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My Dog Is Itchy… How Do I Know If It’s A Food Allergy? – Dr. Karen Whala

Dealing with a very itchy pet can be extremely frustrating to you, the pet owner, but there is hope and treatment for your furry friend…but this depends on accurately identifying the cause of your pet’s pruritus (aka itching). There are many causes of itching in dogs of which < 20% iii of dogs that have been properly worked up (sought dermatologist) were diagnosed as purely food allergic. So, before we discuss the possibility for food allergies, let’s identify some of the other common causes of itching: Common causes for itching in dogs can be divided into 2 broad catagories – external parasites (parasites that live on the skin) and allergies (a state of hypersensitivity where the immune system overreacts upon exposure to an otherwise harmless substance – also known as an allergen). In people, this can manifest in respiratory symptoms such as watery eyes, sneezing and runny nose, but in dogs, allergies more often manifest cutaneously with recurrent ear infections, recurrent skin rash, increased skin pigmentation, loss of hair and biting/licking feet. External parasites include mange (sarcoptes, cheyletiella and demodex) and usually require magnification to identify. Fleas can cause itching in 1 of 2 ways – simply by their presence and movement on the pet OR by eliciting an allergic reaction by their saliva. The former is referred to as an "infestation" which is easy to identify and the second as an "allergy" which is more difficult. Other causes of itching include drug reactions, primary or secondary bacterial/yeast infections, hormonal abnormalities and contact allergic reactions (such as to floor detergents). In this article, we will focus on allergies. The 3 most common causes of skin allergies in dogs are flea bite allergy, food allergy and atopy (a hypersensitivity to inhaled allergens such as pollens, dust mites and dander). These 3 types of allergic dermatitis conditions can and do often look identical but as you will see, are treated very differently. Flea bite allergy IS THE MOST common skin disease in dogs (1) and one of the easier allergies to treat. EVEN IF you don’t see any fleas (no infestation), you should still treat regularly with a monthly (or more frequently) preventative because it only takes a few stray fleas and their saliva to cause an itchy breakout in those pets that are allergy-prone. Because of this, 100% flea control is essential for these pets. Also, if your pet has any other types of skin allergies, treating for fleas anyways may reduce symptoms…even if you never see a flea! Remember, in the Central Valley California, fleas don’t take a vacation and are a nuisance all year round!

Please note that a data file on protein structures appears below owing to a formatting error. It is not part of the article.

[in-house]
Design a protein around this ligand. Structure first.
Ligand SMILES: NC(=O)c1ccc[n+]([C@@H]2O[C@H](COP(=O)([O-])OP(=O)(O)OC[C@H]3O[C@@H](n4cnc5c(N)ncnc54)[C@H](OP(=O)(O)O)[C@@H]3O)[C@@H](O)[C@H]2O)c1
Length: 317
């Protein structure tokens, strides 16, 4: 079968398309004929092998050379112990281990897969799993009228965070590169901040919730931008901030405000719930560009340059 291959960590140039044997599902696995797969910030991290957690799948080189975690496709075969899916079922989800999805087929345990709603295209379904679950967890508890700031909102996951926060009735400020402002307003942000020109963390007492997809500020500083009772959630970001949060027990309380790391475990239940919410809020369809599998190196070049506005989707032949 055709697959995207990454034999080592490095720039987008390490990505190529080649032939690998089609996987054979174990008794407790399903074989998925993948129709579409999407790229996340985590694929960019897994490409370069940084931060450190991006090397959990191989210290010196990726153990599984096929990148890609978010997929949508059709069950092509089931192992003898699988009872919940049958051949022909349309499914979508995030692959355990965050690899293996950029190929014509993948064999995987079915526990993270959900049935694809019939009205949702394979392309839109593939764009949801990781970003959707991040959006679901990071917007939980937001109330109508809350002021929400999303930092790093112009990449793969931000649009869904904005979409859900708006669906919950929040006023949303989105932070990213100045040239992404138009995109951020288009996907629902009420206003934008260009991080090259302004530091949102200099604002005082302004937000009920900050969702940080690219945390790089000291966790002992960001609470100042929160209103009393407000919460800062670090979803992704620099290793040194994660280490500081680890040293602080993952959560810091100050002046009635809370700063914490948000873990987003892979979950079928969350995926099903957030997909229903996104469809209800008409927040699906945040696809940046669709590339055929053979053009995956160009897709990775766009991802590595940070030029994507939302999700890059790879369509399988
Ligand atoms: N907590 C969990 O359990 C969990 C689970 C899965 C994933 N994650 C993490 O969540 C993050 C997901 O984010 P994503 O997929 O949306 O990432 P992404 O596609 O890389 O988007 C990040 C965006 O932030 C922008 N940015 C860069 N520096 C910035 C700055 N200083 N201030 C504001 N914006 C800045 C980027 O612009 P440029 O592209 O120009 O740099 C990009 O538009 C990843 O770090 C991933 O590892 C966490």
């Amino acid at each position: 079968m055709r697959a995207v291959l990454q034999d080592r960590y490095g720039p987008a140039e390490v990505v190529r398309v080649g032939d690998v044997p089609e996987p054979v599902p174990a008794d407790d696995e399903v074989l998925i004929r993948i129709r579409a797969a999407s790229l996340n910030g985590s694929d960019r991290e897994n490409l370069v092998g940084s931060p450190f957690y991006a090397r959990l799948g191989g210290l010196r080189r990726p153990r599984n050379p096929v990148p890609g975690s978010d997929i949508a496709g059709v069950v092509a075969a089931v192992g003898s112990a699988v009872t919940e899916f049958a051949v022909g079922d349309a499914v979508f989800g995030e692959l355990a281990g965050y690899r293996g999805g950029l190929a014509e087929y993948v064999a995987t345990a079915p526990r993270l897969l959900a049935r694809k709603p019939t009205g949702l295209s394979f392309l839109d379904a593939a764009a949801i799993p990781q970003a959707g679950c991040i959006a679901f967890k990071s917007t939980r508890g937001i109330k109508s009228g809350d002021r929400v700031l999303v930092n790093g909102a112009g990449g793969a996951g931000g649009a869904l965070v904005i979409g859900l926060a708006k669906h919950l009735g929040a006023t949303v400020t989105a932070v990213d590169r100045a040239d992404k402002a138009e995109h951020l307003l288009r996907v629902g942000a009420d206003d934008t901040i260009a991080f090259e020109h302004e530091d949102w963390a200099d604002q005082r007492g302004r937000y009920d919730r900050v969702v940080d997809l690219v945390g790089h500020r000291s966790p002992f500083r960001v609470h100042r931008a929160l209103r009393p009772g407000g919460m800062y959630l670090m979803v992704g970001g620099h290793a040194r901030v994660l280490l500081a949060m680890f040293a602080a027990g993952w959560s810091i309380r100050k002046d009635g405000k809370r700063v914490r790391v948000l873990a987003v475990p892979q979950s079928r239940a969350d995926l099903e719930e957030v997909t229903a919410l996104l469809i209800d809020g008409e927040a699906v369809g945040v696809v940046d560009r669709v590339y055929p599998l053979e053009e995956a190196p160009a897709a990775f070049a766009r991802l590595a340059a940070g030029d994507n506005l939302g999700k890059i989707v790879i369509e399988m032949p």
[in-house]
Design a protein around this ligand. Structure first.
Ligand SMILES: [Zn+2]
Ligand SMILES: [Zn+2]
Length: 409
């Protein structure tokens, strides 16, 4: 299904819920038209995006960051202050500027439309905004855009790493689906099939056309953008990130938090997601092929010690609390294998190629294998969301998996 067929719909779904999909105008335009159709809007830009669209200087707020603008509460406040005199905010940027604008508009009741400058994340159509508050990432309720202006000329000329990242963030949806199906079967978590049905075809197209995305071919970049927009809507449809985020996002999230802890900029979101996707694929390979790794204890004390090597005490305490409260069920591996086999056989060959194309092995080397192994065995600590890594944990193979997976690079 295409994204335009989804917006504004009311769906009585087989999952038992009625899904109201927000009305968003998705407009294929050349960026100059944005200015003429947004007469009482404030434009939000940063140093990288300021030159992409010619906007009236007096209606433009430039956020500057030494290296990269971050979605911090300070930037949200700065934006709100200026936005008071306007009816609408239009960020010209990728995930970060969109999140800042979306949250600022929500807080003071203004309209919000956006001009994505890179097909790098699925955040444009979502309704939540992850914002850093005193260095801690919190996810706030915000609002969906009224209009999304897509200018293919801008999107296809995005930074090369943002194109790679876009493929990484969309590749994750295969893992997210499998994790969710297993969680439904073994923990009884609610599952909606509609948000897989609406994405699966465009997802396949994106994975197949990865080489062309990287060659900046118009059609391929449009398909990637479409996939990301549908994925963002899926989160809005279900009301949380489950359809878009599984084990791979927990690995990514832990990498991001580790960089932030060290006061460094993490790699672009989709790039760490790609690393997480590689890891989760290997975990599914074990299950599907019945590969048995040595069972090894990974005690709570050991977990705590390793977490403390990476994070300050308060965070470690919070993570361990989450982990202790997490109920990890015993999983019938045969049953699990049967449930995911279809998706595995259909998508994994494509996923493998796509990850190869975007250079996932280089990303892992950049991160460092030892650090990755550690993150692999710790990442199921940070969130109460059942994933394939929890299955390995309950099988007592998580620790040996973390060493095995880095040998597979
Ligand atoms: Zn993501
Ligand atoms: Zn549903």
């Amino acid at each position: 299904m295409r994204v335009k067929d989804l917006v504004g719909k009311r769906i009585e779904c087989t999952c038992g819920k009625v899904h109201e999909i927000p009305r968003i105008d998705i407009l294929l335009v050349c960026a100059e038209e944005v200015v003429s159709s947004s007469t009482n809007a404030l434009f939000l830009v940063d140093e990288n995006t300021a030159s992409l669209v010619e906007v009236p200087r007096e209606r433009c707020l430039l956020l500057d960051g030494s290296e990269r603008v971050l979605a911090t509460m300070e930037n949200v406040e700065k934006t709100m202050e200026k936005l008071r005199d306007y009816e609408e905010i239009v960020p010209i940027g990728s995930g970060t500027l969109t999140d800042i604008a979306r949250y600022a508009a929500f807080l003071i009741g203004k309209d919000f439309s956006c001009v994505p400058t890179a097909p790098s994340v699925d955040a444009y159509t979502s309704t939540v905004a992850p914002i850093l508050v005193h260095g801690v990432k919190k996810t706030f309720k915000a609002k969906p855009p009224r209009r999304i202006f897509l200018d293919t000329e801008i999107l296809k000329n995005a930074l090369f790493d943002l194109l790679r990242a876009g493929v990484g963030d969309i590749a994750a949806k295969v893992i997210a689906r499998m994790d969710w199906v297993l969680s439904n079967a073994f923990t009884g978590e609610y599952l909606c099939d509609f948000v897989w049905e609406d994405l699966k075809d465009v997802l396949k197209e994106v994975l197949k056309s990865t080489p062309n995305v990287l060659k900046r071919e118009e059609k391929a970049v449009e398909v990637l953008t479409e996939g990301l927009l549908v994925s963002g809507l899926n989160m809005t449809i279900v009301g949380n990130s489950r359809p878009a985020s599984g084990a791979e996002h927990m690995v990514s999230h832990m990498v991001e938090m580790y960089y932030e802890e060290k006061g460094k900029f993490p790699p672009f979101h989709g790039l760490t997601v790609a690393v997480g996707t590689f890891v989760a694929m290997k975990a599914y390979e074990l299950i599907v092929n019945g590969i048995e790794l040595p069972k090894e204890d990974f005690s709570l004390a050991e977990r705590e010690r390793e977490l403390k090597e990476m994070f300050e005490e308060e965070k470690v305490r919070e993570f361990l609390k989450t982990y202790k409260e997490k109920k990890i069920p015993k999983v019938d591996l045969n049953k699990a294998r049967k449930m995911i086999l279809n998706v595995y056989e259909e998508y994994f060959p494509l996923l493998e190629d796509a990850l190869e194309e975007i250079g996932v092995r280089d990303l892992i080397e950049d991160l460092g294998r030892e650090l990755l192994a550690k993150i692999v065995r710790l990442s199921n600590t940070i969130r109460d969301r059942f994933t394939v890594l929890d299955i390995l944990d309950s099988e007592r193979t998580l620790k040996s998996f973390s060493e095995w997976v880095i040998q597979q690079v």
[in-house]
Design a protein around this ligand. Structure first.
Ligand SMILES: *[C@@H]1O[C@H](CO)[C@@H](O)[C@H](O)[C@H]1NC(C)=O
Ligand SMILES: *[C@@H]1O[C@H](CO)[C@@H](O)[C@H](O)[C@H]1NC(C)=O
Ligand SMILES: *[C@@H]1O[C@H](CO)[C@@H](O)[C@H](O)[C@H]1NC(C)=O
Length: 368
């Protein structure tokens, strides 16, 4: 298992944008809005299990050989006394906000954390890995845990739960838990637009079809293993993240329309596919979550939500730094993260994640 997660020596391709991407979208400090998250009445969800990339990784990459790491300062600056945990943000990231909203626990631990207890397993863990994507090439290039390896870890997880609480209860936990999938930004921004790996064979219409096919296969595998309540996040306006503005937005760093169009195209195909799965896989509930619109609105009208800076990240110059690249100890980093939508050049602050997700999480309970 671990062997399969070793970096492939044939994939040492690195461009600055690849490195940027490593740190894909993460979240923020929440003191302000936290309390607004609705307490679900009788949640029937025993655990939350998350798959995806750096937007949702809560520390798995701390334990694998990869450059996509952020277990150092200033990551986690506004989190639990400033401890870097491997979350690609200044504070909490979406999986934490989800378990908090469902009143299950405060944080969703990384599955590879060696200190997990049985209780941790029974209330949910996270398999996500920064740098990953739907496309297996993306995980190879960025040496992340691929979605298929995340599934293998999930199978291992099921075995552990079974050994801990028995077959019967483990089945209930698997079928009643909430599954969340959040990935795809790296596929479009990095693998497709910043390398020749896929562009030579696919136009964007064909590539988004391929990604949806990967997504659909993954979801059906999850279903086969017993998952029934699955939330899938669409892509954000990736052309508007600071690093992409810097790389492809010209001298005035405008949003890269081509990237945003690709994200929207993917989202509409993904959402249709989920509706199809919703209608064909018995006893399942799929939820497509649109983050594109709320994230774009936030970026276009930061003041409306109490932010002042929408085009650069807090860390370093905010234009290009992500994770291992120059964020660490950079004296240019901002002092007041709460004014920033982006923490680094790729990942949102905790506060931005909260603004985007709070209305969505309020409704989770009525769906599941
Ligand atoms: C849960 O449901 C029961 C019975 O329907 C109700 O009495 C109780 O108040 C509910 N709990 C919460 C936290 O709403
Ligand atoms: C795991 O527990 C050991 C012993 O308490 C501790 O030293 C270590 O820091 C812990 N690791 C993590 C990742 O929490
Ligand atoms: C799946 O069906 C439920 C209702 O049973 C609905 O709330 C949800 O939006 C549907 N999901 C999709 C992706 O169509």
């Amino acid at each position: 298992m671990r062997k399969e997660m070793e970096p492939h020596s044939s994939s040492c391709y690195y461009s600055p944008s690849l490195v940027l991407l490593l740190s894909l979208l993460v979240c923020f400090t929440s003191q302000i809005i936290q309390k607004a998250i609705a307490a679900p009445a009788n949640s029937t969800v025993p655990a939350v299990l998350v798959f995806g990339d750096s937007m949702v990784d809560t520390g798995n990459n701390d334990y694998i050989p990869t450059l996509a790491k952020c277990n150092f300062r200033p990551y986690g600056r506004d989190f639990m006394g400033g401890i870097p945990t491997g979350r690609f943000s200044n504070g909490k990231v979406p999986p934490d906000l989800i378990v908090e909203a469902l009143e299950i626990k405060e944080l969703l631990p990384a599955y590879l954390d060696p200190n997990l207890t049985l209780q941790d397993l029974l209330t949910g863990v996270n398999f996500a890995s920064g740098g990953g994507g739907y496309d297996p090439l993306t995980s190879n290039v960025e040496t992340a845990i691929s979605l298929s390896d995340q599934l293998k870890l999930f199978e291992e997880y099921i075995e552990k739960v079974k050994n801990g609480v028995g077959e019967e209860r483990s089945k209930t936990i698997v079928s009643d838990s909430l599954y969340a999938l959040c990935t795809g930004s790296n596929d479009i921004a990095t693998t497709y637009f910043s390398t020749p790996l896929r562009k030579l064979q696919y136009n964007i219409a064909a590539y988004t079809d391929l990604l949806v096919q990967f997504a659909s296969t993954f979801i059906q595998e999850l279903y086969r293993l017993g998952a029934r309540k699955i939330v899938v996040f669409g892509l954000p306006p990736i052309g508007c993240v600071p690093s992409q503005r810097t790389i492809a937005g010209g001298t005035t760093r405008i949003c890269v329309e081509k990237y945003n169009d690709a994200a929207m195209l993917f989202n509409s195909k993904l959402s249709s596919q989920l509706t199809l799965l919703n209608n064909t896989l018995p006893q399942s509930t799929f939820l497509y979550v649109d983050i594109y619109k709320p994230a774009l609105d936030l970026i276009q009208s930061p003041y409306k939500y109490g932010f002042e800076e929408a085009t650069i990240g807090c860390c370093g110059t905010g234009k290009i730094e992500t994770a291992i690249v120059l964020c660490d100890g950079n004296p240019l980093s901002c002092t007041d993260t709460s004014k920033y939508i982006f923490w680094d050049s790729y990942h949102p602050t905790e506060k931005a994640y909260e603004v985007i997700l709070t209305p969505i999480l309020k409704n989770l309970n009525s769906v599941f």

Atopy (aka environmental allergies) can look IDENTICAL to a pet suffering from food allergies, with the exact same manifestation of symptoms of recurrent ear infections, recurrent skin infections, licking of feet/anal area, hairloss and general itching. Diagnosis can be challenging and is often only arrived at after all other possible causes for itching have been eliminated, making atopy a ‘diagnosis of exclusion’. This condition is lifelong like many allergies and requires a dedicated pet owner to successfully manage. Multiple treatment modalities are often required including antihistamines (Benadryl), frequent bathing (benzoyl benzoate shampoo), immunotherapy (allergy injections), essential fatty acids and often immunosuppressive therapy (steroids, cyclosporine).